Friday, Jul 04, 2003
Front Page |
Southern States |
Other States |
Advts: Classifieds | Employment | Obituary |
By Girish Menon
The order issued by the Census Director, Sheela Thomas, who belongs to the Kerala cadre, for a detailed study on churches and mosques merely followed the 1990 decision of the Census Department to conduct a survey of places of worship and bring out monographs on them as part of the department's inter-censal studies.
Owing to the enormity of the process, it was decided to initiate a survey of temples in Kerala in the first phase. The department has published four volumes of the monograph on the temples of Kerala, authored by S. Jayashanker, former deputy director of the Census Department. The volumes are focussed on the temples in various districts. The monographs on Kasaragod, Kannur and Wayanad have been published so far and the fourth one on Kozhikode is now in the press. The monograph also includes an introductory volume covering a whole spectrum of temple architecture, rites, observations, idols and administration.
The Census Department decided to take up the studies on churches and mosques of Kerala as part of the inter-censal studies during the 2001-2010 period. Such a study would have been relevant considering the historical fact that Christianity and Islam came to Kerala much before it arrived in other parts of the country and that many churches and mosques were centuries old, with their own hoary traditions.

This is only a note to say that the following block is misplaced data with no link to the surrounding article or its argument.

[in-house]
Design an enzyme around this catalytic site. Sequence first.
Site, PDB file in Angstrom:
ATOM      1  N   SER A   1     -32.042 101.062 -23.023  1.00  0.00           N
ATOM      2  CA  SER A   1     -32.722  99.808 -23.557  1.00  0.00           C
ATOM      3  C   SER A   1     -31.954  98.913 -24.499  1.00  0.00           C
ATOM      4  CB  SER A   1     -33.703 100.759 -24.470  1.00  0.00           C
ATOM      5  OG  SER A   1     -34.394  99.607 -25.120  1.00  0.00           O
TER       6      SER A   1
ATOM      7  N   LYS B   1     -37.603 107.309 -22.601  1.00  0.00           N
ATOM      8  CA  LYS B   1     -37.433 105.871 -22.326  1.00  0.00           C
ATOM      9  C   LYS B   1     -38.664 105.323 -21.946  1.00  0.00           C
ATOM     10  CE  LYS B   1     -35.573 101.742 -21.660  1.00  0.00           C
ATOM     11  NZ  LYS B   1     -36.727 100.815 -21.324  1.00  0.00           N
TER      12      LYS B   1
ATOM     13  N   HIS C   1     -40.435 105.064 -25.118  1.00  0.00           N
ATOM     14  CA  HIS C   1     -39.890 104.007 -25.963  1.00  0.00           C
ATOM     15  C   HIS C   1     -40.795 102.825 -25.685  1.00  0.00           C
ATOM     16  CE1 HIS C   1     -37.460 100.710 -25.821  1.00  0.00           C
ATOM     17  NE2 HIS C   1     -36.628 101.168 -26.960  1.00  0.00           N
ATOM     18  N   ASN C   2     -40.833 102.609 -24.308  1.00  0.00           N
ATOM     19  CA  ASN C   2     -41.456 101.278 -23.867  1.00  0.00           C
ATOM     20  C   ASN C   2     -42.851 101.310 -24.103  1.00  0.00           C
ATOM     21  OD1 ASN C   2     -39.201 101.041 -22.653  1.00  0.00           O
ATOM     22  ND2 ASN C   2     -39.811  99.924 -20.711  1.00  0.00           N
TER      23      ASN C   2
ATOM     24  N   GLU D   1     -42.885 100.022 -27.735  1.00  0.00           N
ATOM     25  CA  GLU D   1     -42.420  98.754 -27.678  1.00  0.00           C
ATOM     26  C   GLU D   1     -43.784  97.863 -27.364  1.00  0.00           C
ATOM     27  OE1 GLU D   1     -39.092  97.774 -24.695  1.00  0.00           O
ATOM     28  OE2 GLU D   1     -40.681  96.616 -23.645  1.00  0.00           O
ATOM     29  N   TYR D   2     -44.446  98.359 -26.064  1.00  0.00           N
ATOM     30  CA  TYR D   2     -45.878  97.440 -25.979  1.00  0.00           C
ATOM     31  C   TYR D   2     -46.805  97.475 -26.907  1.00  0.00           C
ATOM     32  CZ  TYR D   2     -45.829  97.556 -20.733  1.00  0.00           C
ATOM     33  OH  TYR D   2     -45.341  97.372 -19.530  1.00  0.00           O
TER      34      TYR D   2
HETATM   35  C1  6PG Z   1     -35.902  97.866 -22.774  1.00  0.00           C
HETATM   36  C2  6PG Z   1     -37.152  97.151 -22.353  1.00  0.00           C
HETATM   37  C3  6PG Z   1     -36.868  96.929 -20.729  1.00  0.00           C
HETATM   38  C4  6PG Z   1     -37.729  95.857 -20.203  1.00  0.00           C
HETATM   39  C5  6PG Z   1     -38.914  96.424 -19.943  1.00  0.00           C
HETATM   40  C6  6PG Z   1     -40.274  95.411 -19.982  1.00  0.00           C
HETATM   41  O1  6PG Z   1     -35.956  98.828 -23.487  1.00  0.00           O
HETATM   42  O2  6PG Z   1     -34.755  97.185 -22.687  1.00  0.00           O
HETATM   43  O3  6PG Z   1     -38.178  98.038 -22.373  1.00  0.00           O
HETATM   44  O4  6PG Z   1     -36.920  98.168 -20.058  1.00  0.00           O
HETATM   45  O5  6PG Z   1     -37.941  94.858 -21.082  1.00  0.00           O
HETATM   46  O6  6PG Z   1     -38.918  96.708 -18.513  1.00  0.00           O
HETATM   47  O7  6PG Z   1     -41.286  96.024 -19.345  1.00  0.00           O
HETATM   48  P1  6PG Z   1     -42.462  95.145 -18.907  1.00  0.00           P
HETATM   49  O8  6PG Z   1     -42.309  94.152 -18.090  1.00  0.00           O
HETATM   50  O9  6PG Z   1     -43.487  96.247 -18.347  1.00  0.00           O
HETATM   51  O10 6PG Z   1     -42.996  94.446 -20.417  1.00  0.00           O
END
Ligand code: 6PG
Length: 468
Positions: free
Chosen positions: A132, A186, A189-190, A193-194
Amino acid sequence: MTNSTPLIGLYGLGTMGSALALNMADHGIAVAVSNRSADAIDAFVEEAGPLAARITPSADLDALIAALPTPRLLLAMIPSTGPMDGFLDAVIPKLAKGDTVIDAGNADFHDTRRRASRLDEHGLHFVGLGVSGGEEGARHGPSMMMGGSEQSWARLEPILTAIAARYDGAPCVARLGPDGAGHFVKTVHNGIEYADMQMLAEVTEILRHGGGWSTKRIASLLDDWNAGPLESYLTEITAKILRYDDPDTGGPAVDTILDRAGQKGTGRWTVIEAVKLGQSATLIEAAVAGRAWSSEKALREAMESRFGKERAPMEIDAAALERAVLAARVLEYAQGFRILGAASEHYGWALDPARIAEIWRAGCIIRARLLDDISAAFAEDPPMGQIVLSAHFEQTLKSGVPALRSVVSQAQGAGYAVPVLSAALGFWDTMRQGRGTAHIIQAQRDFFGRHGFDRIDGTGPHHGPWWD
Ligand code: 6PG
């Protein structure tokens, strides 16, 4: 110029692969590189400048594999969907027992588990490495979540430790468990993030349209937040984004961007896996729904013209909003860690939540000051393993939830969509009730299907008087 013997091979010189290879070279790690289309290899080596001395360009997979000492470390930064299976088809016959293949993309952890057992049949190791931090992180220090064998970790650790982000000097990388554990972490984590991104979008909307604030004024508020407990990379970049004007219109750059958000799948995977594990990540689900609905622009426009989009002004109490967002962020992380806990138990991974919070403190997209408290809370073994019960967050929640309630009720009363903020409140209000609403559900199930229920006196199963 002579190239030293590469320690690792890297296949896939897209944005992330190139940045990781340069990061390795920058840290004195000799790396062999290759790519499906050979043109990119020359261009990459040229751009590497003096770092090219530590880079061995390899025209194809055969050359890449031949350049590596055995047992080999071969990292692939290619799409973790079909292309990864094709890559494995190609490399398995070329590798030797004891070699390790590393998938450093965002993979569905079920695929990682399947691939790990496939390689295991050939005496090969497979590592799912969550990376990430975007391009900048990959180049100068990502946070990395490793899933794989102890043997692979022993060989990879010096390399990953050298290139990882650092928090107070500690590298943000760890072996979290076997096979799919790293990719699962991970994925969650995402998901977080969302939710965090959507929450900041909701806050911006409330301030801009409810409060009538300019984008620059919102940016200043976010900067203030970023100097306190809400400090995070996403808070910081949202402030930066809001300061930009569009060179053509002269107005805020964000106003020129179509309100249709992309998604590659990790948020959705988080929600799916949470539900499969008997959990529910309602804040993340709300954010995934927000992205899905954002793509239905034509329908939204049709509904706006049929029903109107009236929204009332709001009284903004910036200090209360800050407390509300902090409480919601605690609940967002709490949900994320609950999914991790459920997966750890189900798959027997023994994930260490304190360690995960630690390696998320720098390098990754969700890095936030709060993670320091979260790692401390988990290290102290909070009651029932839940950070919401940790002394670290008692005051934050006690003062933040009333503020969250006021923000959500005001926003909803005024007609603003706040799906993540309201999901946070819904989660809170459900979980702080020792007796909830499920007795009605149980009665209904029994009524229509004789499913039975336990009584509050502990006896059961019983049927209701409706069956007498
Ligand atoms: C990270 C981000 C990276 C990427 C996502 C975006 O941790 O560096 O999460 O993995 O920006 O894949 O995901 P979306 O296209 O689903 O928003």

The guiding factor while ordering the inter-censal studies in 1990 was to capture for posterity the cultural traditions of Kerala. But unfortunately, the good intentions of the Census Department has been misinterpreted.
Several minority religious groups have now taken up cudgels against the survey, characterising it as a dubious move of the BJP-led NDA Government. Interestingly, most of the reactions from these groups have been based on media reports, creating a fear psychosis among the members of their respective communities. One organisation even went to the extent of characterising the survey as a move to put some of its places of worship out of business. The main objections revolved around the questionnaire distributed by the village officers who have been drafted to help conduct the surveys. But most of the questions are simple and straight ones.
As for the political leadership, the reaction has followed the traditional one-up-man-ship. The Kerala Tourism-Fisheries Minister, K .V .Thomas, met the Deputy Prime Minister, L. K. Advani, in New Delhi today to register the strong reservations of the State Government. Legislators and other leaders have also not lost a chance to take political capital out of it.
A few years ago, Kerala was rocked by a similar controversy when the State Government ordered a social economic survey. Objections were raised over some of the queries in the questionnaire. The controversy forced the Government to give up a noble effort which would have gone a long way in preparing proper plans for their socio-economic development.
The Hindu Group: Home | About Us | Copyright | Archives | Contacts | Subscription
Group Sites: The Hindu | Business Line | The Sportstar | Frontline | The Hindu eBooks | Home |
Copyright © 2003, The
Hindu. Republication or redissemination of the contents of
this screen are expressly prohibited without the written consent of